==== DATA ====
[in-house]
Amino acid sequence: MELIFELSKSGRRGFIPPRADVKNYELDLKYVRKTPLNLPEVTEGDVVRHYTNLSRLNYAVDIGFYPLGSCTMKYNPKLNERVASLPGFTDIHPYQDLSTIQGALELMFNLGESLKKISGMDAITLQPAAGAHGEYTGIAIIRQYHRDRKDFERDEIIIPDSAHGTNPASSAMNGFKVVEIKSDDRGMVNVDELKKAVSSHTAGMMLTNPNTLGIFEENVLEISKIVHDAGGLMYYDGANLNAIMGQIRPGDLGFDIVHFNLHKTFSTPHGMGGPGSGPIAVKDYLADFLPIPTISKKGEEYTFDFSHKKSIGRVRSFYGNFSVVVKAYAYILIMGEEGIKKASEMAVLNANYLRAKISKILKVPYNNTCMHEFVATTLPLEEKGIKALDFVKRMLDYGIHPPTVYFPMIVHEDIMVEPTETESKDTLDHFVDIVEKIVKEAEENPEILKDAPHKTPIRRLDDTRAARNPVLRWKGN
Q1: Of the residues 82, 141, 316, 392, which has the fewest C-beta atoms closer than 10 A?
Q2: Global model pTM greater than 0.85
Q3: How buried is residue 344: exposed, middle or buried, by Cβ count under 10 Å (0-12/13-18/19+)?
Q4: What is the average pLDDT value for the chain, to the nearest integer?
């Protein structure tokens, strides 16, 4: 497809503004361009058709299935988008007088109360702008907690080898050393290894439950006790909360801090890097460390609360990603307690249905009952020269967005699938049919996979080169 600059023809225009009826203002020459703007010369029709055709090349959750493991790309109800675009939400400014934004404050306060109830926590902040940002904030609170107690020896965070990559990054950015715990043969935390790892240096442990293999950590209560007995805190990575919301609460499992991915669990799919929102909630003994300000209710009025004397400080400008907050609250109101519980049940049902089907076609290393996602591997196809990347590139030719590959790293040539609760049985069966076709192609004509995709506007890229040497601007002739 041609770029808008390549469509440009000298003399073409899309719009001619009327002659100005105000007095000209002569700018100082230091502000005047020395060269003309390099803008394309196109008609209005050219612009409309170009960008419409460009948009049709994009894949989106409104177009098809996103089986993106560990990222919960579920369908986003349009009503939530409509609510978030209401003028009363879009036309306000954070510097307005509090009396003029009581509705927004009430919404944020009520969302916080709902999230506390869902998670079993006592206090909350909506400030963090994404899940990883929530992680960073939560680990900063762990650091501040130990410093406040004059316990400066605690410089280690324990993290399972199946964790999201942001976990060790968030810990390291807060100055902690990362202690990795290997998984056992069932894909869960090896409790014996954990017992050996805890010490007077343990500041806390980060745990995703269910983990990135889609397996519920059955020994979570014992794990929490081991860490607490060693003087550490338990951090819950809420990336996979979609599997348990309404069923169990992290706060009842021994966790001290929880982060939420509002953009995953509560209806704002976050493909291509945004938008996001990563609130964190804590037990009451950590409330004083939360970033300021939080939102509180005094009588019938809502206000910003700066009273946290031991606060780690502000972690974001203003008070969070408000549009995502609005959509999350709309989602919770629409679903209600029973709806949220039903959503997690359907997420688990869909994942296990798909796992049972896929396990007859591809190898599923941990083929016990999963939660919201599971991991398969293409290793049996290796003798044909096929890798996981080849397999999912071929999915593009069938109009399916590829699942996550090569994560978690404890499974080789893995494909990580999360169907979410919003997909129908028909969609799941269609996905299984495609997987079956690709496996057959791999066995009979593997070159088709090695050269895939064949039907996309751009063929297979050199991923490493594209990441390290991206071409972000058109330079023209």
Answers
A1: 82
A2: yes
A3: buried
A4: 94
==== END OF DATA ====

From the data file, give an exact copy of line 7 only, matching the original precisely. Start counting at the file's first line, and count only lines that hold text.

């Protein structure tokens, strides 16, 4: 497809503004361009058709299935988008007088109360702008907690080898050393290894439950006790909360801090890097460390609360990603307690249905009952020269967005699938049919996979080169 600059023809225009009826203002020459703007010369029709055709090349959750493991790309109800675009939400400014934004404050306060109830926590902040940002904030609170107690020896965070990559990054950015715990043969935390790892240096442990293999950590209560007995805190990575919301609460499992991915669990799919929102909630003994300000209710009025004397400080400008907050609250109101519980049940049902089907076609290393996602591997196809990347590139030719590959790293040539609760049985069966076709192609004509995709506007890229040497601007002739 041609770029808008390549469509440009000298003399073409899309719009001619009327002659100005105000007095000209002569700018100082230091502000005047020395060269003309390099803008394309196109008609209005050219612009409309170009960008419409460009948009049709994009894949989106409104177009098809996103089986993106560990990222919960579920369908986003349009009503939530409509609510978030209401003028009363879009036309306000954070510097307005509090009396003029009581509705927004009430919404944020009520969302916080709902999230506390869902998670079993006592206090909350909506400030963090994404899940990883929530992680960073939560680990900063762990650091501040130990410093406040004059316990400066605690410089280690324990993290399972199946964790999201942001976990060790968030810990390291807060100055902690990362202690990795290997998984056992069932894909869960090896409790014996954990017992050996805890010490007077343990500041806390980060745990995703269910983990990135889609397996519920059955020994979570014992794990929490081991860490607490060693003087550490338990951090819950809420990336996979979609599997348990309404069923169990992290706060009842021994966790001290929880982060939420509002953009995953509560209806704002976050493909291509945004938008996001990563609130964190804590037990009451950590409330004083939360970033300021939080939102509180005094009588019938809502206000910003700066009273946290031991606060780690502000972690974001203003008070969070408000549009995502609005959509999350709309989602919770629409679903209600029973709806949220039903959503997690359907997420688990869909994942296990798909796992049972896929396990007859591809190898599923941990083929016990999963939660919201599971991991398969293409290793049996290796003798044909096929890798996981080849397999999912071929999915593009069938109009399916590829699942996550090569994560978690404890499974080789893995494909990580999360169907979410919003997909129908028909969609799941269609996905299984495609997987079956690709496996057959791999066995009979593997070159088709090695050269895939064949039907996309751009063929297979050199991923490493594209990441390290991206071409972000058109330079023209």